P Jeffrey Conn

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In the mid to late 1980s, studies were published that provided the first evidence for the existence of glutamate receptors that are not ligand-gated cation channels but are coupled to effector systems through GTP-binding proteins. Since those initial reports, tremendous progress has been made in characterizing these metabotropic glutamate receptors(More)
The metabotropic glutamate receptors (mGluRs) are family C G-protein-coupled receptors that participate in the modulation of synaptic transmission and neuronal excitability throughout the central nervous system. The mGluRs bind glutamate within a large extracellular domain and transmit signals through the receptor protein to intracellular signaling(More)
The activation of group I metabotropic glutamate receptors (mGluRs) produces a variety of actions that lead to alterations in excitability and synaptic transmission in the CA1 region of the hippocampus. The group I mGluRs, mGluR1 and mGluR5, are activated selectively by (S)-3,5-dihydroxyphenylglycine (DHPG). To identify which of these mGluR subtypes are(More)
The subthalamic nucleus (STN) is a key nucleus in the basal ganglia motor circuit that provides the major glutamatergic excitatory input to the basal ganglia output nuclei. The STN plays an important role in normal motor function, as well as in pathological conditions such as Parkinson's disease (PD) and related disorders. Development of a complete(More)
Fragile X syndrome is an X-linked form of mental retardation resulting from the absence of expression of the fragile X mental retardation 1 gene. The encoded protein is a ribosome-associated, RNA-binding protein thought to play a role in translational regulation of selective messenger RNA transcripts. A knockout mouse has been described that exhibits subtle(More)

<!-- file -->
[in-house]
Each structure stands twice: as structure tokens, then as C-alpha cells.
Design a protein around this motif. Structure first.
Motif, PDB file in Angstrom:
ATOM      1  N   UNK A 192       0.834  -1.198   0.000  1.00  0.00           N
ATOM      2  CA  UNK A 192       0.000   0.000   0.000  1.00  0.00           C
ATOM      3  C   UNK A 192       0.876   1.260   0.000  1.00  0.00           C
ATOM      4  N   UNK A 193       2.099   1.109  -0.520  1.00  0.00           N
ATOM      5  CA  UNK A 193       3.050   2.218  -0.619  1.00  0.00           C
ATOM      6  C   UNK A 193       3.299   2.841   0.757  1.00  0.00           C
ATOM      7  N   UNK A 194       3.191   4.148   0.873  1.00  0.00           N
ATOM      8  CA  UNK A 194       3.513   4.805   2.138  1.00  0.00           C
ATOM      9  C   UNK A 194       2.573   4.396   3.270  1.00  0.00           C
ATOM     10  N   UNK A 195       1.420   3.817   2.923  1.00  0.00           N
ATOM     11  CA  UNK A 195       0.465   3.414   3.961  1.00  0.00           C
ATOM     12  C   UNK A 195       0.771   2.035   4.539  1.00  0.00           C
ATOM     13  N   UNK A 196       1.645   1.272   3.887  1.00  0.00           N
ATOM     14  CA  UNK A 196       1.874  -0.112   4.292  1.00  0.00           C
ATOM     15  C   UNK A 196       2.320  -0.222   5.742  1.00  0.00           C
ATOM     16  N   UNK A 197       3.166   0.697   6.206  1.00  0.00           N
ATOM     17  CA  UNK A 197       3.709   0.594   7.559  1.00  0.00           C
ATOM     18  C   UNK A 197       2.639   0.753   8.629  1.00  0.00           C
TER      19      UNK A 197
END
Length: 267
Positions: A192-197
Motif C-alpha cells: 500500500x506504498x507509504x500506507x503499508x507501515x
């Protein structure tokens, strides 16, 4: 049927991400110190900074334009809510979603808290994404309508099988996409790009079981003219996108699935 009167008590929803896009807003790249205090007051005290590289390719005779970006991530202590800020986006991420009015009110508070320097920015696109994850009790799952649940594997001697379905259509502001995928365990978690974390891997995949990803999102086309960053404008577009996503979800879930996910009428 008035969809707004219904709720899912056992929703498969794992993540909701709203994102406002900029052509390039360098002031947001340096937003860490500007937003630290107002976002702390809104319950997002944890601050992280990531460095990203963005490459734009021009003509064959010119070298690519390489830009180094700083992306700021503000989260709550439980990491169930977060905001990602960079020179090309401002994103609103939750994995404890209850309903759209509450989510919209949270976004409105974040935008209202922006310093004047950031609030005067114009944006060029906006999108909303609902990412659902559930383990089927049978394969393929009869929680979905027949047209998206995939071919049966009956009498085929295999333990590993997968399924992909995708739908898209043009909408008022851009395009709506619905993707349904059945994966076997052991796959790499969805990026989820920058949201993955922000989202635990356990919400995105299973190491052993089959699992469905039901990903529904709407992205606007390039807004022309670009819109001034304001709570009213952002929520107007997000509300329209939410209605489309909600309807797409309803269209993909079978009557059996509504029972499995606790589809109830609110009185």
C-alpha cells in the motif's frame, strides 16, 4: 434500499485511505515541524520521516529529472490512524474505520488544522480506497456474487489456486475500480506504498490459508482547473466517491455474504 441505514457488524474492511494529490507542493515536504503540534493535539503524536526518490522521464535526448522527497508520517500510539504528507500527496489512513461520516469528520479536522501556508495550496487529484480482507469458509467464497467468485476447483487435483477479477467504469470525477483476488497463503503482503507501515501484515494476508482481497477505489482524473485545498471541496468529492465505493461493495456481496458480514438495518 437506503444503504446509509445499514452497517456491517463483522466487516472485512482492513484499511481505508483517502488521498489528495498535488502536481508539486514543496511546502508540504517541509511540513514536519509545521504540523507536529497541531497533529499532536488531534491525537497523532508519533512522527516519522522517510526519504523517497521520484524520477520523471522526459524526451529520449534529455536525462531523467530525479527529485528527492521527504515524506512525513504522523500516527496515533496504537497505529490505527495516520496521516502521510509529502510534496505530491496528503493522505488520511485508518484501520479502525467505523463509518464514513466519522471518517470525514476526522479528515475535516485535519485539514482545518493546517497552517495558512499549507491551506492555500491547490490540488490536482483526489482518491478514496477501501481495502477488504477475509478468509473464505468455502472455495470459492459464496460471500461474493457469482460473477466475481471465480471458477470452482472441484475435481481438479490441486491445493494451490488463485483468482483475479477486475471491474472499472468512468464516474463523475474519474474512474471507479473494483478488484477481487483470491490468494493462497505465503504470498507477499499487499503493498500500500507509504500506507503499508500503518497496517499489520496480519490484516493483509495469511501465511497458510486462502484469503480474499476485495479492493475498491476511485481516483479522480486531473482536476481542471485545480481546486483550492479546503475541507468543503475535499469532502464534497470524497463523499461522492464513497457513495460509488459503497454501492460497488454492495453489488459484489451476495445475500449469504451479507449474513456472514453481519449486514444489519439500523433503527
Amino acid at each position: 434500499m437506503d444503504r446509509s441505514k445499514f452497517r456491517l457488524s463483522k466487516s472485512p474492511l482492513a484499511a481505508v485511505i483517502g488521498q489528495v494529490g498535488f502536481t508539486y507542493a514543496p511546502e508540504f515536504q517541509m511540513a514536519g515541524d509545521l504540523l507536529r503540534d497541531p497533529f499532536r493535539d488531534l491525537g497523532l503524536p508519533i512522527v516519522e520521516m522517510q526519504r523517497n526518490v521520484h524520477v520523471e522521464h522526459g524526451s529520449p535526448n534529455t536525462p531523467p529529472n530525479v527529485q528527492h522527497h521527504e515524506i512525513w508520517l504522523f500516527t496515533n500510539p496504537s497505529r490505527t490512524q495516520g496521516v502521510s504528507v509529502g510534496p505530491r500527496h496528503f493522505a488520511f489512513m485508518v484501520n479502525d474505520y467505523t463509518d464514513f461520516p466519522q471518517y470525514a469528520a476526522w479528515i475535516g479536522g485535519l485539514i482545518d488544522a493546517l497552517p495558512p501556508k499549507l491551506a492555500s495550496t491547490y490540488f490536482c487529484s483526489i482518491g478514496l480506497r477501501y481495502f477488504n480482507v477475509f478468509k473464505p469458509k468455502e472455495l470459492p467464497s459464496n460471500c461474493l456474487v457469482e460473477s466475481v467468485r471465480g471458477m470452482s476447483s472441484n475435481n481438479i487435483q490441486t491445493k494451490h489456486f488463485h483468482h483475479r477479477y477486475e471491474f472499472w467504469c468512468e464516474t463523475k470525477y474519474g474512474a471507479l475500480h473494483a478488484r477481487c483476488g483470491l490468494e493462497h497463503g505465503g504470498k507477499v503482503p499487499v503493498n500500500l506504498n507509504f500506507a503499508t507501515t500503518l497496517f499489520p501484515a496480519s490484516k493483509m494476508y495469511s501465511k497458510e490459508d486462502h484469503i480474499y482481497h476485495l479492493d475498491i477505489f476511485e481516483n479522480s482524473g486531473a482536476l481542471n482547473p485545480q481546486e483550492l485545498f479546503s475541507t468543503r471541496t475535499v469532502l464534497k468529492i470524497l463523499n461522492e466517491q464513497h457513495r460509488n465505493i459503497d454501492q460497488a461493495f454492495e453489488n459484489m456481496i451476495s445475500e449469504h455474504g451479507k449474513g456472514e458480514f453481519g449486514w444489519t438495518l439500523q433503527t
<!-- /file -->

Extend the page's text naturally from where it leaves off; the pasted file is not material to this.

Recent studies suggest that agonists of group II metabotropic glutamate (mGlu) receptors (mGlu2/3) have potential utility as novel therapeutic agents for treatment of psychiatric disorders such as anxiety and schizophrenia. Agonists of mGlu2/3 receptors block amphetamine- and phencyclidine (PCP)-induced hyperlocomotor activity in rodents, two actions that(More)
Despite G-protein-coupled receptors (GPCRs) being among the most fruitful targets for marketed drugs, intense discovery efforts for several GPCR subtypes have failed to deliver selective drug candidates. Historically, drug discovery programmes for GPCR ligands have been dominated by efforts to develop agonists and antagonists that act at orthosteric sites(More)
Metabotropic glutamate (mGlu) receptors were discovered in the mid 1980s and originally described as glutamate receptors coupled to polyphosphoinositide hydrolysis. Almost 6500 articles have been published since then, and subtype-selective mGlu receptor ligands are now under clinical development for the treatment of a variety of disorders such as Fragile-X(More)
Parkinson's disease (PD) is a debilitating movement disorder that afflicts >1 million people in North America. Current treatments focused on dopamine-replacement strategies ultimately fail in most patients because of loss of efficacy and severe adverse effects that worsen as the disease progresses. The recent success of surgical approaches suggests that a(More)
Recent studies suggest that metabotropic glutamate receptors (mGluRs) may play a significant role in regulating basal ganglia functions. In this study, we investigated the localization of mGluR4a protein in the mouse and rat basal ganglia. Polyclonal antibodies that specifically react with the metabotropic glutamate receptor subtype mGluR4a were produced(More)